M’Chigeeng interment planned for pre-contact skulls found in 2016

Unearthed in Mindemoya

MINDEMOYA – Pre-contact remains discovered in 2016 at Wagg’s Wood by a young photographer two years ago will soon find their resting place with the M’Chigeeng First Nation, the nearest Indigenous community to where the bones were found. Until the ceremonies to inter the remains they are being hosted at the Ojibwe Cultural Foundation.

“There is a lot that has to take place before we can move ahead,” said M’Chigeeng Ogimaa-kwe Linda Debassige, who had picked up the remains from the Central Manitoulin Municipal office where they had been shipped following the investigation by the Ontario Forensics Centre.

The bones were determined to be of ancient origin, the last time the individuals they belonged to last walked Turtle Island some 800 to 900 years ago. 

It was in 2016 that a moss-encrusted human skull rolled down a hill and through the forest debris lining a Mindemoya path to land wedged against a tree where it was first discovered by Mindemoya nature photographer Jamie Pyette. In the ensuing police and forensic investigation, nine fragments from a second skull were discovered near the same location as the first.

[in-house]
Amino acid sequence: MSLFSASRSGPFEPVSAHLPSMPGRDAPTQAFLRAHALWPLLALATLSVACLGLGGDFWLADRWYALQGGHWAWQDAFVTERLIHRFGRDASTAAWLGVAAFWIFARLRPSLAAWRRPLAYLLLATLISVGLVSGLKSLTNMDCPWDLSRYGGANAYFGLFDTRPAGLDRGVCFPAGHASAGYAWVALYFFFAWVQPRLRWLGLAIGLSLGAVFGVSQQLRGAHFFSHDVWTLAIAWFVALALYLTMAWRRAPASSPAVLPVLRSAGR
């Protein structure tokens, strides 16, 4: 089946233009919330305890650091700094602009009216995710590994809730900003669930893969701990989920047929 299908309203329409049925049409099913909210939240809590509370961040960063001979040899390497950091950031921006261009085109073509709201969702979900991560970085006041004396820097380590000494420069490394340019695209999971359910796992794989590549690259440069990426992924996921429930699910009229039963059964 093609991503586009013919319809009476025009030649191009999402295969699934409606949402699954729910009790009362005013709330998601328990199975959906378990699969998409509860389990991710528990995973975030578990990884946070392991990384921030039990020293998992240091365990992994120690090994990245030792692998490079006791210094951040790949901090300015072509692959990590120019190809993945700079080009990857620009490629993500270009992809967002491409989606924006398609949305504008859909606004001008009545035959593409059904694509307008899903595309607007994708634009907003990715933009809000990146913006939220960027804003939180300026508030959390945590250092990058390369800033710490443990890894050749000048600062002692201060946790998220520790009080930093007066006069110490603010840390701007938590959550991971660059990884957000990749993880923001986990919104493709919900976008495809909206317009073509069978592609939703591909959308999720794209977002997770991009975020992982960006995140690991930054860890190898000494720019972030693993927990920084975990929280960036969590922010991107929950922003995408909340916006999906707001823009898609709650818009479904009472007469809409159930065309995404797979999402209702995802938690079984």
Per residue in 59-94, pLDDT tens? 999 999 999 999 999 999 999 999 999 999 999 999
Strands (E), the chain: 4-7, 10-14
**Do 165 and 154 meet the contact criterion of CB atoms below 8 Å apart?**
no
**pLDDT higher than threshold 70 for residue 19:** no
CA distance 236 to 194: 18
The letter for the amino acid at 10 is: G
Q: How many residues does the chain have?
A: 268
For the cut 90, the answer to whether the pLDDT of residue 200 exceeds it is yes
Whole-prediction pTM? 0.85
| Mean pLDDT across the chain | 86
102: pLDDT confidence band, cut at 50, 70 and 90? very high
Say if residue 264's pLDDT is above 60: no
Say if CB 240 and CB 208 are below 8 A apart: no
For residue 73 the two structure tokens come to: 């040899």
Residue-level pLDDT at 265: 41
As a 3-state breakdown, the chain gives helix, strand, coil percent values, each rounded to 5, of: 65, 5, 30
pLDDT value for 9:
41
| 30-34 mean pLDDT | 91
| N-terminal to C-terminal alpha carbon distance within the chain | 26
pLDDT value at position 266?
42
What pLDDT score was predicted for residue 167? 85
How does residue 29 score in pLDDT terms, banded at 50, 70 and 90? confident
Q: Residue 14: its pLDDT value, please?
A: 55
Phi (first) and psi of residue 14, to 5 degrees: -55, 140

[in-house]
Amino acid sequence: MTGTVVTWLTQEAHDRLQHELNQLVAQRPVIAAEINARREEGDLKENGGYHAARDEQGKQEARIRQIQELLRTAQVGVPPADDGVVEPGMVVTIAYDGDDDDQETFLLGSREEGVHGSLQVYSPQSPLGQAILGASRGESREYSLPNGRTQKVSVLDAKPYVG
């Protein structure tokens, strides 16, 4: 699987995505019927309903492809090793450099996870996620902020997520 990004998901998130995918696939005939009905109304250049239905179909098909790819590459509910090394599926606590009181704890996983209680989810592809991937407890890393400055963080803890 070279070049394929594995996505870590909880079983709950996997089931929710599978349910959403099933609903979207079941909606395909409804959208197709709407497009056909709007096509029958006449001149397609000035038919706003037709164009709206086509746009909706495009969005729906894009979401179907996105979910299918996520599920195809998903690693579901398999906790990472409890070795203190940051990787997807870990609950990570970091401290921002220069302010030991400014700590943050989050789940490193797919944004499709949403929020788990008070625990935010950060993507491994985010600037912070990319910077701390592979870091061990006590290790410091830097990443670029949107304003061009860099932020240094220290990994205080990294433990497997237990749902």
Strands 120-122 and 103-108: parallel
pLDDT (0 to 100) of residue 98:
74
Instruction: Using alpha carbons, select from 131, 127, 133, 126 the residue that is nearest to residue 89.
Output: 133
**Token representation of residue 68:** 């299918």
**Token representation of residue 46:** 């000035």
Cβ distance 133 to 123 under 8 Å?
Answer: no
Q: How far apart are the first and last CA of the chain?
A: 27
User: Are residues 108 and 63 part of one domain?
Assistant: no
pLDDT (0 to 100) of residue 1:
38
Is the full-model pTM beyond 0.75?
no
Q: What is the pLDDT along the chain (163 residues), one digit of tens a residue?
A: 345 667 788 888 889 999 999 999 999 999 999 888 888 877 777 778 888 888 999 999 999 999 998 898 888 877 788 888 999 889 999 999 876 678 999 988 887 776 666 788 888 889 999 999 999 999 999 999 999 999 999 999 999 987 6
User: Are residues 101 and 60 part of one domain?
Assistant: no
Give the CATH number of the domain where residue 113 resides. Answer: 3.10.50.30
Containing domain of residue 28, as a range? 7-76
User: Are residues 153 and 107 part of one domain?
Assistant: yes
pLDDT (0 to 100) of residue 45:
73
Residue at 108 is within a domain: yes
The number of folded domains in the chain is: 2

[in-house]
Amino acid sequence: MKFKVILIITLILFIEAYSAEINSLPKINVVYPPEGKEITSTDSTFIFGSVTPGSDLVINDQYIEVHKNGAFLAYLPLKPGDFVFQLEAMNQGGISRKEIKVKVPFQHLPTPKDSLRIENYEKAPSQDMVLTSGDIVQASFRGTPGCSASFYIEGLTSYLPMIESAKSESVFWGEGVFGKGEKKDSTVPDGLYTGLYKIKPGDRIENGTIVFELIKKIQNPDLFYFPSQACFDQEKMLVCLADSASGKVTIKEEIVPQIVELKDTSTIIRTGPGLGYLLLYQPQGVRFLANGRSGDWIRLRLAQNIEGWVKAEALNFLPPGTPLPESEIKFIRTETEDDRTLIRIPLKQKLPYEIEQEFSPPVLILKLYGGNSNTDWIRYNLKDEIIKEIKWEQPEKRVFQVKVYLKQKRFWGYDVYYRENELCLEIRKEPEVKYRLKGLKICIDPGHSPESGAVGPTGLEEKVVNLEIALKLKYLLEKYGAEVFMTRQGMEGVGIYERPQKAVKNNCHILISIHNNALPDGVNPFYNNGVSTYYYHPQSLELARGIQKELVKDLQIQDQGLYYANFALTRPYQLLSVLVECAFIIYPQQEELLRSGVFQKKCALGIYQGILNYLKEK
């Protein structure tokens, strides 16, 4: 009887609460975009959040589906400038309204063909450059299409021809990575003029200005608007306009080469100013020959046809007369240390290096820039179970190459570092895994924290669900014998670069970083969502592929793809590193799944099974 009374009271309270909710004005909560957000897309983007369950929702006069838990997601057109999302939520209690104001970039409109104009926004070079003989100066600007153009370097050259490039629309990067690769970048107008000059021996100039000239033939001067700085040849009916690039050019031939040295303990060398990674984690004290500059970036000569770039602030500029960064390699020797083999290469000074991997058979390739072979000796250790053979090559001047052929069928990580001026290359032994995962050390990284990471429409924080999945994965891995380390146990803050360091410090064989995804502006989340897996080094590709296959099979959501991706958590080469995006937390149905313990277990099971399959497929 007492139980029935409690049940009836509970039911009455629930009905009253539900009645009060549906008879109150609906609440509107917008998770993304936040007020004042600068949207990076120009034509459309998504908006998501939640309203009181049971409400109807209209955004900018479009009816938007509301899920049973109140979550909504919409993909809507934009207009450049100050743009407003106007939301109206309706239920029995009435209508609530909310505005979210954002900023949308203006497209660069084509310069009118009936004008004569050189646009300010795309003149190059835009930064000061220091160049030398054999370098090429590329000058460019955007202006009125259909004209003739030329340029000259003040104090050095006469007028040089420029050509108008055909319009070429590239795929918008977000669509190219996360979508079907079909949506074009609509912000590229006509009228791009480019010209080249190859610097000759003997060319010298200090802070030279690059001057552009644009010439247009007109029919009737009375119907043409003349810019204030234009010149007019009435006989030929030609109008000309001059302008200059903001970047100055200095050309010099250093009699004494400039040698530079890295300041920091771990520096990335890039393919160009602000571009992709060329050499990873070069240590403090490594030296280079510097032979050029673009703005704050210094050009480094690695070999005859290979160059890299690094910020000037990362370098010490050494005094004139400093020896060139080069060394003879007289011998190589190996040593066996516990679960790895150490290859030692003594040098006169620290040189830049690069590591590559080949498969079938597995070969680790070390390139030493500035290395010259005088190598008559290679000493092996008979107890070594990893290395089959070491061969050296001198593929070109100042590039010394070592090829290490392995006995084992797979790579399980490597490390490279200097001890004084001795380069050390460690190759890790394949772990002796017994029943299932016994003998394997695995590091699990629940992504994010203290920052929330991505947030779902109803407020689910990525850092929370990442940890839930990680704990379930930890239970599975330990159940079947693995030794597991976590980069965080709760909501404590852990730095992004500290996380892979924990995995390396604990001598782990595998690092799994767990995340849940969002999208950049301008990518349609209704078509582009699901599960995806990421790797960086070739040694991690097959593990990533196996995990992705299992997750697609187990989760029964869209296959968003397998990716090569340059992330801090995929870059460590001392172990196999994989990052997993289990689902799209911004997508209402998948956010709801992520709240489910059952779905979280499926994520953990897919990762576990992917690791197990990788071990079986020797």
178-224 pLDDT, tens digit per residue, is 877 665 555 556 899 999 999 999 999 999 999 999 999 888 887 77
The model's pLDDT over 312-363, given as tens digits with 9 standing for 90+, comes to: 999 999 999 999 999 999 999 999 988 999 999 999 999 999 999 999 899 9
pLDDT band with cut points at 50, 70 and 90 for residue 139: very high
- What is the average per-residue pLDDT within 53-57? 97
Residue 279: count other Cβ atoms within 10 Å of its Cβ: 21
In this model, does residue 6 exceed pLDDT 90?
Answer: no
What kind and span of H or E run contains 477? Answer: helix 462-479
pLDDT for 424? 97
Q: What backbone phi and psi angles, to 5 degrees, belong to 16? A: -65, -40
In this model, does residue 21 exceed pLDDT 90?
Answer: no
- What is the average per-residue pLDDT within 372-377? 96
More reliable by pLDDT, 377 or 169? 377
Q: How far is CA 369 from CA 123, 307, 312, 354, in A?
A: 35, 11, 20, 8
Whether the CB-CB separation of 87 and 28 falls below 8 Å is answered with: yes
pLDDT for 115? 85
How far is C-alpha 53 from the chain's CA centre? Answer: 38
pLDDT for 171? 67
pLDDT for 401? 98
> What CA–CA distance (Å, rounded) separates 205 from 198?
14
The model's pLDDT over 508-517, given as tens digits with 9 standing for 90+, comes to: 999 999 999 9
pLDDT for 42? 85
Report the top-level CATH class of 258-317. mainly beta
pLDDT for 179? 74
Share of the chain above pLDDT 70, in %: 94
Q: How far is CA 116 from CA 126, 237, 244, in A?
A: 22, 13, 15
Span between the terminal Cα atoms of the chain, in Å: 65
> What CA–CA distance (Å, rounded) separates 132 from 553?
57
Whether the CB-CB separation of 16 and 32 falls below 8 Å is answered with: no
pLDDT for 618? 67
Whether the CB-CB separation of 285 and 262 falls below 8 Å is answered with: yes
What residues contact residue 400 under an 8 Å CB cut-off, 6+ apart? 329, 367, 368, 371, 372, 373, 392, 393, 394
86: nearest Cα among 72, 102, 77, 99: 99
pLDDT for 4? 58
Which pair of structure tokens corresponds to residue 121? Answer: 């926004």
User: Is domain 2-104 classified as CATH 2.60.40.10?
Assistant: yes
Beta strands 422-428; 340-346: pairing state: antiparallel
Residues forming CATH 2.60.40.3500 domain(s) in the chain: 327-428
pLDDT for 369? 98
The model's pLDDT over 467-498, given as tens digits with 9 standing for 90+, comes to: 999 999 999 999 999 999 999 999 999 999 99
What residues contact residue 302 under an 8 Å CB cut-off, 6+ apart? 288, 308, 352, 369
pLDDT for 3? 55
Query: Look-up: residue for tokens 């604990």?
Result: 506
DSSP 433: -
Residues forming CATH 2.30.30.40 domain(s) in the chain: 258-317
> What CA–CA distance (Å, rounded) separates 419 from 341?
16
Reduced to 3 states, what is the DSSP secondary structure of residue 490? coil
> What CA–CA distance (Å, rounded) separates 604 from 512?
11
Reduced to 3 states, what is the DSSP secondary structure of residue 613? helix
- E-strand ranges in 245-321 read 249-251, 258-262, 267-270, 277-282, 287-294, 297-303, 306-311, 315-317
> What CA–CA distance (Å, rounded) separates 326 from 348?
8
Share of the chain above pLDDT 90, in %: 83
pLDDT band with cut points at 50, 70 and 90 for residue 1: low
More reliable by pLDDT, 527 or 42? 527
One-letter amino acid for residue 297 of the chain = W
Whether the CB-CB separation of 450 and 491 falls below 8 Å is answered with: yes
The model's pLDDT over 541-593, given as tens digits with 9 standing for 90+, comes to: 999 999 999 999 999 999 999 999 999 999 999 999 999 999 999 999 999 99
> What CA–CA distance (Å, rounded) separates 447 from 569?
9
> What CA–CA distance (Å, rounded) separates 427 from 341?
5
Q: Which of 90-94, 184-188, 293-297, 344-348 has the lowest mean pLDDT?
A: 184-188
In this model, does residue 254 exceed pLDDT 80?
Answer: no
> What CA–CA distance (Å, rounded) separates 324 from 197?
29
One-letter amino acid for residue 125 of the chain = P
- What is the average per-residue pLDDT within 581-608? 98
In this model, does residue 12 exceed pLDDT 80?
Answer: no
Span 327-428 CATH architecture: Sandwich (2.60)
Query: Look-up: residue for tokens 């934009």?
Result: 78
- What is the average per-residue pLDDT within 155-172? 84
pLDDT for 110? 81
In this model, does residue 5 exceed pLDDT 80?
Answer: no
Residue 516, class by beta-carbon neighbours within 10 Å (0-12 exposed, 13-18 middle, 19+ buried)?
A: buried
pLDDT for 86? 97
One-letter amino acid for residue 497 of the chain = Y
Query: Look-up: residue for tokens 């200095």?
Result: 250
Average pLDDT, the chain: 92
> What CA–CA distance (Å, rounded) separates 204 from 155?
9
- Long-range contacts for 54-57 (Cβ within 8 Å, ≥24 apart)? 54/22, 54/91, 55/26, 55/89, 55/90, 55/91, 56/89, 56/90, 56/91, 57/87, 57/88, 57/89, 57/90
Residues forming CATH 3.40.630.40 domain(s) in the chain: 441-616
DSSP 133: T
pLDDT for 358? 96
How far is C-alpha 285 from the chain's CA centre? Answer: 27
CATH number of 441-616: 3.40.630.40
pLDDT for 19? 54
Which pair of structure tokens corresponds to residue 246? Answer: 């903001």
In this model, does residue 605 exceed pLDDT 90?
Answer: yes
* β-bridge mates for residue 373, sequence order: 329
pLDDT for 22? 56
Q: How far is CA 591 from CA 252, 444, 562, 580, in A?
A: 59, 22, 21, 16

Subsequent analysis determined that skull likely belonged to a young adult male but it was also determined that the skull’s original resting place was very unlikely to have been where it was eventually discovered. The plant life on the skull and the fact of its survival through the near-millennium since the death of its owner mitigate against the remains having been exposed to the elements for any significant period of time.

Ogimaa-kwe Debassige noted that the process of re-interring the remains became something of a teaching moment for the municipal staff. “They wanted us to go and pick them up right away,” she said. “They didn’t understand that there are ceremonies and preparations that have to be done in order for me to be able to escort the remains to our community.”

The OCF is currently acting as the chaperone for the remains until arrangements with local elders can be completed for the ceremony to re-inter the remains, likely to take place following improvements in the weather.

It has been a long and unexpected journey for some of the Island’s early residents who began their spirit journey nearly a millennium ago, but their latest ordeal will soon be over and they will once again be properly laid to rest.